Can anyone identify what type of shrub this is and what it is called? Here
are two photos:
I have several of these at a property in Eastern Pennsylvania (in Lower
Bucks County). They are way too big and overgrown for where they are
located on the property and I would like to cut them way back if possible.
It may be the wrong time of year to do that now, and it may be that if I cut
them way back it will take too long for them to recover and look half way
But, if I could identify exactly what type of shrub it is, maybe I could do
a little more research on how and when to trim them etc.
They are some kind of Arbor Vitae, I think. They will take a crapload
of abuse. you might be able to just hack them down to size if you
can live with some scraggle for a year or two.
Better yet, if you found a landscaper who needed a couple that size,
they might be able to yank yours out and put some smaller ones in.
There is a local guy that has a giant shovel that transplants 20-30'
trees with a minimum of fuss. Might be too close to your house to
use that-- but a decent landscaper can tell you for sure.
Agree. Definitely an arbor vitae. Given the rounded shape,
I would think it could be a globe arbor vitae. The bad news is
that once they are that size there it;s not practical to get them
cut way back in size. The green growth is at the perimeter and
it will look like hell. And from the location, I would agree
they need to be cut way back, like to 50% at least. Like Jim said,
they can take a lot of abuse, so when you trim them isn't critical.
The good news is that if you want to start over, nurseries are
having Fall blowouts and these aren't expensive. I could
get new ones, about 2ft in size for $10 -15 now in NJ.
The bad news is that if you want to put them back in the
same spot, digging out the old ones is gonna be the hard
part. But that is what day laborers are good at....
On 11/14/2011 11:34 AM, firstname.lastname@example.org wrote:
The really good news if that is the idea/ok, you can simply cut them
back for nothing. See last para. of
There were several here that did that at least three times I can recall.
Eventually took them out because they were simply too large a plant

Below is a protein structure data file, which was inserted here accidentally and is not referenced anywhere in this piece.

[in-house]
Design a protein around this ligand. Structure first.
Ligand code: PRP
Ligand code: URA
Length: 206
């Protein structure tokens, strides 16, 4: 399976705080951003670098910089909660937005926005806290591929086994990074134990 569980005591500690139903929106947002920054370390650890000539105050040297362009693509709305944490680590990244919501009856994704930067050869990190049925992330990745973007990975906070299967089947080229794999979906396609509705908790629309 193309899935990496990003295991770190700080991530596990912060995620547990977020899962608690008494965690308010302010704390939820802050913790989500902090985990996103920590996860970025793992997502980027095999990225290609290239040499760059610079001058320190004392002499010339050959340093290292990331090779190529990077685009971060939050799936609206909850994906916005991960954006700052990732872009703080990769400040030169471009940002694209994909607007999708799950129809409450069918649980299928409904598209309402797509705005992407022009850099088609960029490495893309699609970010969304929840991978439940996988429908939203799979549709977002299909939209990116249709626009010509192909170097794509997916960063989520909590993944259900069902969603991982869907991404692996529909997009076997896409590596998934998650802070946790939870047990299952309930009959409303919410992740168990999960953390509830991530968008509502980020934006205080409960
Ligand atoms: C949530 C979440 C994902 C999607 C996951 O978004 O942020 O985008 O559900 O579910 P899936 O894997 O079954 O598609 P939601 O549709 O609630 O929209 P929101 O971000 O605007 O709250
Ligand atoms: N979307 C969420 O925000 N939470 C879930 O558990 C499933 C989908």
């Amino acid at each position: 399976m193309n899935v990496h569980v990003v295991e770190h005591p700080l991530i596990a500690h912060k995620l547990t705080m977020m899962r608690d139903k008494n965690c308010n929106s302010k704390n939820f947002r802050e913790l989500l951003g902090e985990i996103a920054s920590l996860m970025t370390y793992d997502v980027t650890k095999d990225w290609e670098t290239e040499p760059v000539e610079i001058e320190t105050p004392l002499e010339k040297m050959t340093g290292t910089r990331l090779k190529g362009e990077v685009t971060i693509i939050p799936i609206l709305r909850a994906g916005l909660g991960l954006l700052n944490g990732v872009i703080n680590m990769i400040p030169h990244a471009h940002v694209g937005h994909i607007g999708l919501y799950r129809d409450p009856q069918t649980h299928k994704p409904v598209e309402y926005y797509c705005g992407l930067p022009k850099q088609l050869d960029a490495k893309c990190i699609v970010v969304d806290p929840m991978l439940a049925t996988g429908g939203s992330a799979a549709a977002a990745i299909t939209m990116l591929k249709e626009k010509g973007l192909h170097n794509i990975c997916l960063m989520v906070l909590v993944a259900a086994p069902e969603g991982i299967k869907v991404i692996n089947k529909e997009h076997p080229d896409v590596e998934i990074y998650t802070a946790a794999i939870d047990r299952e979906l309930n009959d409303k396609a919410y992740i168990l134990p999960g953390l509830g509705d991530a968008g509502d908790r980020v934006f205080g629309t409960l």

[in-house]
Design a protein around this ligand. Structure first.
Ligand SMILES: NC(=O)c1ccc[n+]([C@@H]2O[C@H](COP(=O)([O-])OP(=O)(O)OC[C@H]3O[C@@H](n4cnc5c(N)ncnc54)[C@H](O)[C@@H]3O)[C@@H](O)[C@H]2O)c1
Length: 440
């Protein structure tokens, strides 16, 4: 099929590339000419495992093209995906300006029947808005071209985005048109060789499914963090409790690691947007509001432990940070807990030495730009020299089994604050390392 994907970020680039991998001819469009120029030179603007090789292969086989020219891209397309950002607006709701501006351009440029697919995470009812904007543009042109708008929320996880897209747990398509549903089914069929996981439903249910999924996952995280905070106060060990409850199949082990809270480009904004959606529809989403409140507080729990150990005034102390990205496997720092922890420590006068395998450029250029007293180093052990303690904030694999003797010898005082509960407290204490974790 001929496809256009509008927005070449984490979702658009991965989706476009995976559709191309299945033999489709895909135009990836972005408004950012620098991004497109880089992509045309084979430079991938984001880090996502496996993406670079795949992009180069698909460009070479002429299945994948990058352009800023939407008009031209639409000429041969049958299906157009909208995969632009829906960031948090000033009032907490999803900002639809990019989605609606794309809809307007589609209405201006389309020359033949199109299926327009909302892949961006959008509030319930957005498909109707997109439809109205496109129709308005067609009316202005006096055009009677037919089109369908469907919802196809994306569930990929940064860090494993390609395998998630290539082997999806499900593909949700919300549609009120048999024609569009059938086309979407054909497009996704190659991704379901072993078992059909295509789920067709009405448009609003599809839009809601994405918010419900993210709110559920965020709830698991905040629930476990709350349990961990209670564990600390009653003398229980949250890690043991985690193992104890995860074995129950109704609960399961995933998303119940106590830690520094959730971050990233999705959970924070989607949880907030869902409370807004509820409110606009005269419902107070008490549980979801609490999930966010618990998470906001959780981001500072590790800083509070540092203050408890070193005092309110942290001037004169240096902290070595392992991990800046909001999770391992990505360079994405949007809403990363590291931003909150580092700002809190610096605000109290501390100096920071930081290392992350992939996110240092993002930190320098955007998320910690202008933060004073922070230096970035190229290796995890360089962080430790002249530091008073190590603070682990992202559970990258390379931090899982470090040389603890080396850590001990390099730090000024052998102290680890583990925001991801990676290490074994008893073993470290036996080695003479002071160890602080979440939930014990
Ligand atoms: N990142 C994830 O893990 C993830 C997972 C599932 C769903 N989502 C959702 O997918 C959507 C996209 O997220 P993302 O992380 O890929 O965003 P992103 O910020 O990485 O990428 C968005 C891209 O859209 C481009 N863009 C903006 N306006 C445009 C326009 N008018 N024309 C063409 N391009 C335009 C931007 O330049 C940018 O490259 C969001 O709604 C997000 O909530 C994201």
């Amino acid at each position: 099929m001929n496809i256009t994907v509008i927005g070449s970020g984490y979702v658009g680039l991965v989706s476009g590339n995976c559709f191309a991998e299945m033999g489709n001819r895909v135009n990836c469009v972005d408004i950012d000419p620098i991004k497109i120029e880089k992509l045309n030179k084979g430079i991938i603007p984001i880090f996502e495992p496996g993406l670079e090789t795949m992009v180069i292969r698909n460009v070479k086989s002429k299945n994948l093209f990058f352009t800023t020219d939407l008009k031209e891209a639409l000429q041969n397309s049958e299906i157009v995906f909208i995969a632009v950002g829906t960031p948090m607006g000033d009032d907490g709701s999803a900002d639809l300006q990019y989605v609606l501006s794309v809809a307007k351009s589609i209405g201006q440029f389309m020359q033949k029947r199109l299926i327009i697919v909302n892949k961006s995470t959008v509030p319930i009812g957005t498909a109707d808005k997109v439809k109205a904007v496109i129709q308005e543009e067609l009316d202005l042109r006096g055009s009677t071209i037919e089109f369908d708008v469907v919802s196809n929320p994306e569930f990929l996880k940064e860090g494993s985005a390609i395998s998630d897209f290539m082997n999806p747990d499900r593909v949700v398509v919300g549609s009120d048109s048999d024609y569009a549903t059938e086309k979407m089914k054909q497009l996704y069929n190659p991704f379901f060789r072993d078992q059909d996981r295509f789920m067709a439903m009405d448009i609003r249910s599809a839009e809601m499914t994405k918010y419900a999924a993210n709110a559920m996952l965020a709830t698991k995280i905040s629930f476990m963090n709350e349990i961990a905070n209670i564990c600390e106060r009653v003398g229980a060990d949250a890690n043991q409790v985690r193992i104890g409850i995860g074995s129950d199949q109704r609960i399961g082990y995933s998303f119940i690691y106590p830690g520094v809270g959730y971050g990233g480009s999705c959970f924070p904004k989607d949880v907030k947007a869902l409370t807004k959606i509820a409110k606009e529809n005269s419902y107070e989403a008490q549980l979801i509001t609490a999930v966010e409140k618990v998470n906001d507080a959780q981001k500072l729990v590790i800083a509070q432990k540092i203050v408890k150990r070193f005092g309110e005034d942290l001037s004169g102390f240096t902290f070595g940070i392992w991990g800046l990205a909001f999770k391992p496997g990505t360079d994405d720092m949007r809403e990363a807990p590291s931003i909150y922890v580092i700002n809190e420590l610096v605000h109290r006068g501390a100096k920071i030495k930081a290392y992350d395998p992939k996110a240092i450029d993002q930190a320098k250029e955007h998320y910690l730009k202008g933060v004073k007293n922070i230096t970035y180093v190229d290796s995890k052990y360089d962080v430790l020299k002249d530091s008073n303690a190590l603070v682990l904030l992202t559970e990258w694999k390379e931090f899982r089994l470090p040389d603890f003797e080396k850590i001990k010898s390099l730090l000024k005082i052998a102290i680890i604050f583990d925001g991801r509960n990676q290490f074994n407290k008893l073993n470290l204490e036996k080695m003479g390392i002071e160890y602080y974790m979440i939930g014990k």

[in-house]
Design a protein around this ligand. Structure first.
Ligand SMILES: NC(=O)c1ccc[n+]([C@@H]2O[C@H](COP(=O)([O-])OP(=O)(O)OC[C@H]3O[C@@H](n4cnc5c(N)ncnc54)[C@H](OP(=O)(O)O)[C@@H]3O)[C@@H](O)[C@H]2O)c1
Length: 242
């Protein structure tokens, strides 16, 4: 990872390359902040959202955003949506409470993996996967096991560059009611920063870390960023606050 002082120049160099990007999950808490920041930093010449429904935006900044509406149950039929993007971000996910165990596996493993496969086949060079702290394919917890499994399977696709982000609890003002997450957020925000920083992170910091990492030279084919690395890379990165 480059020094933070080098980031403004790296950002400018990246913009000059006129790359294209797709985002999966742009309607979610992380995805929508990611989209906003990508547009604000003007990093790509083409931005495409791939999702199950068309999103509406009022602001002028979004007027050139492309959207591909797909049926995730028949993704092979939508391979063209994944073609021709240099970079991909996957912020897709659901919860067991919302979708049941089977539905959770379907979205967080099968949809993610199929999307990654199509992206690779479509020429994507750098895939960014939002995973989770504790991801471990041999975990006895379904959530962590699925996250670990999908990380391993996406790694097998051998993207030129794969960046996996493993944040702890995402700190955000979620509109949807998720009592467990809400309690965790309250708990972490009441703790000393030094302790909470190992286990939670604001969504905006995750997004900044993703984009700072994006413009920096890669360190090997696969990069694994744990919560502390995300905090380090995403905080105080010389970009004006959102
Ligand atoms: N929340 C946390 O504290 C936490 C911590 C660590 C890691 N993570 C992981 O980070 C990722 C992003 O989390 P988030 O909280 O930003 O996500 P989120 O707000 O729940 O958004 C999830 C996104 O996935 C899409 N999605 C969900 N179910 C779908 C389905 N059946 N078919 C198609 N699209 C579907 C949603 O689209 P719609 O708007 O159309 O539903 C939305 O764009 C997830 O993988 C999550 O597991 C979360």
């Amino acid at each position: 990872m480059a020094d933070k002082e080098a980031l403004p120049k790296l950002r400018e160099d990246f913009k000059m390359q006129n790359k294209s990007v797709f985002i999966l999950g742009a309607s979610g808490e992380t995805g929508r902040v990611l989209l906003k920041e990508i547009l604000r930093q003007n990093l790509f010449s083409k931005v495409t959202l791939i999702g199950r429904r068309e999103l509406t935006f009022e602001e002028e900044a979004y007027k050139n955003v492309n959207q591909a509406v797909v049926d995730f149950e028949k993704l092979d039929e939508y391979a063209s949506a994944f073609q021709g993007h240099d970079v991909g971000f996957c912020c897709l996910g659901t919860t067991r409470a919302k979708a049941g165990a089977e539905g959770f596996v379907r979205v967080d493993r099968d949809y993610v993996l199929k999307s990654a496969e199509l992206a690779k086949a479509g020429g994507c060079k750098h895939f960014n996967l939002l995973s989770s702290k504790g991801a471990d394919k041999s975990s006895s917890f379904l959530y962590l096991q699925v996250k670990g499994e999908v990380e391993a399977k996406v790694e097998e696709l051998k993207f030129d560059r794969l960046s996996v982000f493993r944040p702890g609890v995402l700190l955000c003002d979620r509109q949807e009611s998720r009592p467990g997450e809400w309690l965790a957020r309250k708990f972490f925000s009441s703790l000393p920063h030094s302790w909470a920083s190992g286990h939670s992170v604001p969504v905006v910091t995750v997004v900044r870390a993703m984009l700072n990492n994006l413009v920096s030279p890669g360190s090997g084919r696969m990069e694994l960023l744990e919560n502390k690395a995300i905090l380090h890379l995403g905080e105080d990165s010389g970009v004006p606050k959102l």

for the location, but they would have gone through the cycle indefinitely.
...and on a somewhat related note....
I was watching Ask This Old House this weekend. Roger Cook was helping
a homeowner remove an overgrown shrub.
I don't recall the name of the very alive shrub that he cut down to
ground level, but his comment was "We don't have to remove the stump,
it will never sprout. We'll just plant around it." He used a chain saw
to cut the multi-trunked stump flush with ground level.
Why wouldn't *any* previously healthy shrub try to regenerate itself?
I don't think I've ever been able to just cut something down to the
ground and not have it grow back.
I recall a certain pussy willow bush that I cut back for years before
I finally busted out the shovel, ax and pick and removed every last
trace of the rotting stump to stop the annual regrowth.
I also recall a mimosa tree whose roots shot up lines of sprouts all
over my yard even after the stump had been cut free and dragged away.
I ended up having to dig up the yard and pull the entire root system
to stop the sprouts.
What kind of shrub could Roger have cut back that will never sprout
See Han's post.
I think that's where I was headed as that was what I understood from
Pruning will allow new growth - both from the pruned branches and from
the newly exposed interior.
Maybe it's that you need "brachpoints" for new growth, which you don't
have when you cut the thick branches off at the ground.
The main reason I ask is that we are considering removing some shrubs
from in front of our house and putting in a raised flower garden built
with landscape blocks.
If I can just cut the shrubs down to current ground level and then
bury them in a foot or so of dirt without worrying that they'll show
up again in a few years, that sure would beat trying to remove all of
I did...he's right (and wrong at the same time). Whether that happens
(regenerant from inside growth) is dependent on what the particular
species is--many do, some don't.
Again, it depends upon what they are, specifically.
If you know (or can find that out), then the question can be answered,
pretty much definitively.